An upside to these changes is that I was able to go to a movie for the first time in probably a decade without worrying about a pager call. My old job had me carrying a phone to field after hours calls, and it’s a relief not dealing with the stress involved with always being on the clock. Even though I could handle the problems that arose, there was this sense that there was always someone out there in the world who might be angry with me just because they weren’t having a good day. That I was there to help them, and turn those frowns, wasn’t enough because when shit hits the fan you’ve got shit all over the place. Even after things are cleaned up, the customer still knows what happened and a polished turd is still a turd.

I’m done with shit. :-)

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In Which I Find Out About Scams

It’s been a month now (give or take a few days) and there still isn’t any light on the horizon or at the end of the tunnel regarding the job search. I’ve had a few nibbles, but I’ve still haven’t gotten my foot in the door anywhere. No face-to-face interviews, though I’ve gone through some “evaluations” that amount to personality and logic tests.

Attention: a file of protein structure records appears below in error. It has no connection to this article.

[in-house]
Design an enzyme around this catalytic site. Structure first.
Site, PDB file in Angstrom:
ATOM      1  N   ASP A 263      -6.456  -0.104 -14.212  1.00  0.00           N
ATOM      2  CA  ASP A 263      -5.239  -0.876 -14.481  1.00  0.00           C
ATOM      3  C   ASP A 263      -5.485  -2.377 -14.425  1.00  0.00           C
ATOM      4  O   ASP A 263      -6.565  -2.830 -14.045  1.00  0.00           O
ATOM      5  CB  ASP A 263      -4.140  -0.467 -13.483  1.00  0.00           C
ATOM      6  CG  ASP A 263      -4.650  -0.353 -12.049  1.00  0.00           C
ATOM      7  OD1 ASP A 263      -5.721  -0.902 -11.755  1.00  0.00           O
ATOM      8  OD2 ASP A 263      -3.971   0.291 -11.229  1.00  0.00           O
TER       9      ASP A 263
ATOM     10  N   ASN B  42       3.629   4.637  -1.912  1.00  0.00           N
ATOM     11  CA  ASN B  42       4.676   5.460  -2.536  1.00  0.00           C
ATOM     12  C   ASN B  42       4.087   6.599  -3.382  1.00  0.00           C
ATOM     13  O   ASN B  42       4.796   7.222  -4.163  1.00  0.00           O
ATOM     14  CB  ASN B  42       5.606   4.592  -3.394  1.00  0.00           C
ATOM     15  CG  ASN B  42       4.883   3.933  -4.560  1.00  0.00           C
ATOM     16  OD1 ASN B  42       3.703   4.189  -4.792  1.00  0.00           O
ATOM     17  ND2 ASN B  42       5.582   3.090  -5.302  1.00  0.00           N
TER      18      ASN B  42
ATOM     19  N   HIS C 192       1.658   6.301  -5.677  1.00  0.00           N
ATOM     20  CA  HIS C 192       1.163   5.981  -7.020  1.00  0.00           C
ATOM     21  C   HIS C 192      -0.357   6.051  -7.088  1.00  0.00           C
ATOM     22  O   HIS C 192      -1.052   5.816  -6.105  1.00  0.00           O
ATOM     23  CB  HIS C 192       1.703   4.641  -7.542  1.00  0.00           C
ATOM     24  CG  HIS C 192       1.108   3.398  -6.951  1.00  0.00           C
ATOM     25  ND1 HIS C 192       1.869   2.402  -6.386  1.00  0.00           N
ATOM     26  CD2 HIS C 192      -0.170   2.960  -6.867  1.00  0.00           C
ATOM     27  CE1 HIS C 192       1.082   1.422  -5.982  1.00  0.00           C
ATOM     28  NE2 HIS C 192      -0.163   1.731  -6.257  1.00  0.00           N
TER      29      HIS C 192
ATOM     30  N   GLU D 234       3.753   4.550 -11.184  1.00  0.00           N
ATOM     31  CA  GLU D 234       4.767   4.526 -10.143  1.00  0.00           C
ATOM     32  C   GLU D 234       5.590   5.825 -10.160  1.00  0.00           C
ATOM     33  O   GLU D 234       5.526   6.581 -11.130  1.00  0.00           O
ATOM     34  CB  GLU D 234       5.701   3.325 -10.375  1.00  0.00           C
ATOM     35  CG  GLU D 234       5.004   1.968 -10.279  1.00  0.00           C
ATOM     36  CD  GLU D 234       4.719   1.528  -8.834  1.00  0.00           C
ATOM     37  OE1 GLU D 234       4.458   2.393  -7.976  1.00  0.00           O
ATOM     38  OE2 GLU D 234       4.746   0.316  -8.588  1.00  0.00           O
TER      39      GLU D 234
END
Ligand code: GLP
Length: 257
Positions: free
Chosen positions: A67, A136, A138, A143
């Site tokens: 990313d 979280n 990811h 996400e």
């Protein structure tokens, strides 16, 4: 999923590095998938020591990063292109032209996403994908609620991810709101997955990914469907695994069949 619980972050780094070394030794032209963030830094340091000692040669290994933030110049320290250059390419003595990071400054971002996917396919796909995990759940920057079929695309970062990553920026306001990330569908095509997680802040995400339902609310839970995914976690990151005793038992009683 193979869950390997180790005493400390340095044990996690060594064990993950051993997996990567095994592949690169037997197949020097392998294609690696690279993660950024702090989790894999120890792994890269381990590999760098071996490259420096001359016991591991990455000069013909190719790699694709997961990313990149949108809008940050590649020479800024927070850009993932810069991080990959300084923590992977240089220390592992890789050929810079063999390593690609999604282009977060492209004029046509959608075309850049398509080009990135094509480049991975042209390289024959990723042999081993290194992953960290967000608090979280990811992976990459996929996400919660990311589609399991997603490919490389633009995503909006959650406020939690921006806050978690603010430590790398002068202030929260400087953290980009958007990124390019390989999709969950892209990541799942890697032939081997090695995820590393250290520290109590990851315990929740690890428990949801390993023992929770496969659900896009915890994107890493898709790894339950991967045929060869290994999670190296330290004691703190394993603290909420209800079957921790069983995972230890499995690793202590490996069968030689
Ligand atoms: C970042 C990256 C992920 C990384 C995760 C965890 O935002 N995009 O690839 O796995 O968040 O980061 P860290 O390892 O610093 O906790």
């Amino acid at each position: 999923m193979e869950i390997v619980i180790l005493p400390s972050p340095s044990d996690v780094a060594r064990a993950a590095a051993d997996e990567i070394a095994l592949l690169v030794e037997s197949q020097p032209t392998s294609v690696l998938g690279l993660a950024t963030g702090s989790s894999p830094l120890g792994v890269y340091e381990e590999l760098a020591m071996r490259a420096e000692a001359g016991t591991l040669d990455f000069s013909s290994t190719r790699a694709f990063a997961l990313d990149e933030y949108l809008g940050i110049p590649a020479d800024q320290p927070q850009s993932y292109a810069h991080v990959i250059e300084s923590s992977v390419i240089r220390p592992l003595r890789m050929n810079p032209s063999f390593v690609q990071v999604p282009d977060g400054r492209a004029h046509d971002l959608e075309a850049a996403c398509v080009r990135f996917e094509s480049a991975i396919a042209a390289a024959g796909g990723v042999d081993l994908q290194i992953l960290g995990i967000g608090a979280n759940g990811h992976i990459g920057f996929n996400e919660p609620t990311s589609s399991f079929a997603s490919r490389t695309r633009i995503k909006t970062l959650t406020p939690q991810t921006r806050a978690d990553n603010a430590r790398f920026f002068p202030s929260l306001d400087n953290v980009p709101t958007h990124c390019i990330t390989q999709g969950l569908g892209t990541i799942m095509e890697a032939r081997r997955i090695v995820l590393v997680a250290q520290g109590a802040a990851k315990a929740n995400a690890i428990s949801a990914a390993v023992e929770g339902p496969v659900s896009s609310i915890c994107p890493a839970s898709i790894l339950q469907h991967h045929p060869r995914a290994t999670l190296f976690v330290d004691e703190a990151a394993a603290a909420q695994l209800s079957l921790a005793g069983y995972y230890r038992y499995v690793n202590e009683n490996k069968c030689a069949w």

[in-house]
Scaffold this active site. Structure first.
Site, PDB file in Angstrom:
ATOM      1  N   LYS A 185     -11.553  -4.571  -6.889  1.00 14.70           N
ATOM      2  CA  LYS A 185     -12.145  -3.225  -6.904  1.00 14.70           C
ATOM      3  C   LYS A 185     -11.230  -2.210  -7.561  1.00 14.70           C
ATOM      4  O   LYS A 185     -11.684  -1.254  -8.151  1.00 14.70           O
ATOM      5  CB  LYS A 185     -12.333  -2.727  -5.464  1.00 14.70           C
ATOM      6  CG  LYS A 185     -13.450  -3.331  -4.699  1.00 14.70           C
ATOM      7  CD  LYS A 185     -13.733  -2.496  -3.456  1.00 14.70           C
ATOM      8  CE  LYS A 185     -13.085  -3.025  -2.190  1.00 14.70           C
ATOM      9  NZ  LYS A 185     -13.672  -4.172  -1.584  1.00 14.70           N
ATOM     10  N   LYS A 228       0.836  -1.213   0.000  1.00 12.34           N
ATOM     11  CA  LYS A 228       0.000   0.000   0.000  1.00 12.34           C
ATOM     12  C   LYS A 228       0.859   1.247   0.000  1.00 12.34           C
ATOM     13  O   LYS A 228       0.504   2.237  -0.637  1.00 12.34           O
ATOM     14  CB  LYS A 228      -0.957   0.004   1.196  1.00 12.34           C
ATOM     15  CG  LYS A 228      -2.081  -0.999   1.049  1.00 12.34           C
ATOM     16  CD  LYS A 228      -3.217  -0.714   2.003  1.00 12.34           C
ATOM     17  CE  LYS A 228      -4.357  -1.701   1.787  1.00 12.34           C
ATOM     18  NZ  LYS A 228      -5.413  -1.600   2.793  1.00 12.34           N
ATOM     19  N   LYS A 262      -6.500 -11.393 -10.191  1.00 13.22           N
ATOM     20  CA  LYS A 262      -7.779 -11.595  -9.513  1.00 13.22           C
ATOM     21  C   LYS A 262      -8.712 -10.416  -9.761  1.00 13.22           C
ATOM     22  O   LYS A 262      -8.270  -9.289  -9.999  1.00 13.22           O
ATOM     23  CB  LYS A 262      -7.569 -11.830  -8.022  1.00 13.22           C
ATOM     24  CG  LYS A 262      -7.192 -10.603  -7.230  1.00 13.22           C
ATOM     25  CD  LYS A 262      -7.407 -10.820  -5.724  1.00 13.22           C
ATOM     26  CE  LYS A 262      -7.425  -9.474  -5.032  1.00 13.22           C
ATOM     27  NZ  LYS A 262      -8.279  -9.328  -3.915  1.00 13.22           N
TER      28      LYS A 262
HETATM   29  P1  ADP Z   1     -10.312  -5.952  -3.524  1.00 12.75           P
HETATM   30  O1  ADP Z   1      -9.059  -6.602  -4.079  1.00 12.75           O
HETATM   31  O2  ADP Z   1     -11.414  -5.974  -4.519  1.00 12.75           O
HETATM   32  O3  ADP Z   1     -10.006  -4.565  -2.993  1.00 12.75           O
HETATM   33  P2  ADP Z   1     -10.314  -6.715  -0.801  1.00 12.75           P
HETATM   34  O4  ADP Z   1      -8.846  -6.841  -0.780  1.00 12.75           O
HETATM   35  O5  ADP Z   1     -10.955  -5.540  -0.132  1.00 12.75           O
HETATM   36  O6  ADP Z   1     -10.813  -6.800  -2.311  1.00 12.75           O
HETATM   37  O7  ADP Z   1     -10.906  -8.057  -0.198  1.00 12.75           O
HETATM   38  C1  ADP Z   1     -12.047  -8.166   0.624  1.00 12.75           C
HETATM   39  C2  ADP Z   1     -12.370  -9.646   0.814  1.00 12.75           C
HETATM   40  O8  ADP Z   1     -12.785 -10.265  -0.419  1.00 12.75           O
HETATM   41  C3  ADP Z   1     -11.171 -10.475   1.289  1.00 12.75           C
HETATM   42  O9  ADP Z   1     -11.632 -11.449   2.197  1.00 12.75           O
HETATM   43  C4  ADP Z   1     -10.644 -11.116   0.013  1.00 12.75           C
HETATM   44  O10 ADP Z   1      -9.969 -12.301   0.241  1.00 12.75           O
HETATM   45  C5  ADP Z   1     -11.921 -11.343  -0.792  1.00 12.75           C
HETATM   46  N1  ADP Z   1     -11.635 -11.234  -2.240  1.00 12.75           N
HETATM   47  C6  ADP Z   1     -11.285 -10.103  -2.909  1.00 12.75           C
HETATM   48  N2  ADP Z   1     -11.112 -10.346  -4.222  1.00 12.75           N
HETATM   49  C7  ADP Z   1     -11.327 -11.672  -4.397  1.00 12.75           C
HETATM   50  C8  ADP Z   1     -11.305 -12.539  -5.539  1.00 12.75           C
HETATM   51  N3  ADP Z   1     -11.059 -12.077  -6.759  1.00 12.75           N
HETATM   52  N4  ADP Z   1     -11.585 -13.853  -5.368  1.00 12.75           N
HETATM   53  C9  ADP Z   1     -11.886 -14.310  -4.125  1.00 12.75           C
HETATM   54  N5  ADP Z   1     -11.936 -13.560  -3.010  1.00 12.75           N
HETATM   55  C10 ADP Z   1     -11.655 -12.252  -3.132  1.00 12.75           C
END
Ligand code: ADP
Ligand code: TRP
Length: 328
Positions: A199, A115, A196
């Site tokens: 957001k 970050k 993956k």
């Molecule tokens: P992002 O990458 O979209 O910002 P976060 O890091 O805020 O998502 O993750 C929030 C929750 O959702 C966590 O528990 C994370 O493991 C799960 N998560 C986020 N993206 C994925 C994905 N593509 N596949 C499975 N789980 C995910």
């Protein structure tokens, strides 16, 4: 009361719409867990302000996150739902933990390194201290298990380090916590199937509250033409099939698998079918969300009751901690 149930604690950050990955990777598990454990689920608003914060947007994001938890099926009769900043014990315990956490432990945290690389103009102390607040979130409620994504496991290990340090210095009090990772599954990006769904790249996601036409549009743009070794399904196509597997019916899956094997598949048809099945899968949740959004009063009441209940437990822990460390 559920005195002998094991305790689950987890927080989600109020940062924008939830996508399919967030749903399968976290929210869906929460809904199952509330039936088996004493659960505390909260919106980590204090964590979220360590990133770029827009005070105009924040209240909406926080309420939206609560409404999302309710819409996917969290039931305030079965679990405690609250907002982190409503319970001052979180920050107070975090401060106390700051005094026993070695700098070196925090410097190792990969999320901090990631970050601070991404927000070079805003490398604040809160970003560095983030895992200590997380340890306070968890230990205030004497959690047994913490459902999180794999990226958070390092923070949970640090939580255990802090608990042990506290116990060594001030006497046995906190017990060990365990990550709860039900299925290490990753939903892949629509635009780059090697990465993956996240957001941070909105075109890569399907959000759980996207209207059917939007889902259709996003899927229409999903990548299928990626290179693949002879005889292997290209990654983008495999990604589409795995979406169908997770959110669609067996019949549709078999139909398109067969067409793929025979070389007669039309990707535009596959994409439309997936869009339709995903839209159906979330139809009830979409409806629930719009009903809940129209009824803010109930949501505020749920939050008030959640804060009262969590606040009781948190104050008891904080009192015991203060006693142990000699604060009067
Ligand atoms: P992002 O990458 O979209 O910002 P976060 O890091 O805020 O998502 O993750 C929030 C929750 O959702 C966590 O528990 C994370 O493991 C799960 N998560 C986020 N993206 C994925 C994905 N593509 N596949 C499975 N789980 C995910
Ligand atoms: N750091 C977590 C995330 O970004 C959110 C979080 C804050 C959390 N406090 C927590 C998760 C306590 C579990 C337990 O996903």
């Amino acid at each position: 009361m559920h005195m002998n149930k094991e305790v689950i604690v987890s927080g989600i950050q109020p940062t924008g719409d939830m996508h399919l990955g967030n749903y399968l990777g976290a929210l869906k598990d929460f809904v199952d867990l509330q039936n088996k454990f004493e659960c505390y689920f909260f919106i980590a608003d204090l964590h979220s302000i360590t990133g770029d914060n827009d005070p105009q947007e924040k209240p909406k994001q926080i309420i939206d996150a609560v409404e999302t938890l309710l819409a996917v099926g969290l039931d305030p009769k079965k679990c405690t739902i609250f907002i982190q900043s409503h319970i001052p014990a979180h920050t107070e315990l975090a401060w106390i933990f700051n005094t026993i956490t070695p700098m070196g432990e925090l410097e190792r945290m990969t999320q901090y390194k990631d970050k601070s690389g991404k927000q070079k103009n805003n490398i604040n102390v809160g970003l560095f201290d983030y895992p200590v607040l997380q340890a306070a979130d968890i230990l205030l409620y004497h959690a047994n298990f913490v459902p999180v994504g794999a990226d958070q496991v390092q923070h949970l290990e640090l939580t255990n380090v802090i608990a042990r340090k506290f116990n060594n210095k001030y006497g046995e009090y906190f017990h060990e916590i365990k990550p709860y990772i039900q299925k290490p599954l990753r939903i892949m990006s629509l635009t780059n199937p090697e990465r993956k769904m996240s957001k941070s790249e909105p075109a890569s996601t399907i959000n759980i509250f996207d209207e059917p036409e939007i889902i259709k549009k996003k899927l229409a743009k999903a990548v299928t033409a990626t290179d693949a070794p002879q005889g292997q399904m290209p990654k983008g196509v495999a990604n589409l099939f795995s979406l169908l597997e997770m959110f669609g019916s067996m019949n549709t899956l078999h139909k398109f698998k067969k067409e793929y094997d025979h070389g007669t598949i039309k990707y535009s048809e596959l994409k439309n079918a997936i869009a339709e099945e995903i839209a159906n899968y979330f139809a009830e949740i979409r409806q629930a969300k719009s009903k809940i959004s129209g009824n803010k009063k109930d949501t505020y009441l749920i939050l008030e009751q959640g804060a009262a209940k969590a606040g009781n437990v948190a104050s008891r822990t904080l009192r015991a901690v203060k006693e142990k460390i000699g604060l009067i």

Those aren’t bad, actually. The personality tests of “who I am” provide an honest assessment. I’m self-assured enough to recognize they’re fairly accurate if you want to use broad strokes. And while I don’t like story problems, I handle the logic tests well enough. Of course, being smart doesn’t necessarily make me “employable.” All of which means I’m moving more and more toward starting over.

If that wasn’t bad enough, all the job applications and resumes  I’ve submitted have put me on the radar of what look like scammers. Without naming anyone, I’ve gotten emails and phone calls from people wanting to place me with D2D commission-only sales or connect me with questionable online degree mills.

Am I angry? No, I can’t say that. More frustrated and chagrined at my prospects. Living off your retirement savings more than decade before you retire wasn’t in my plans. :-)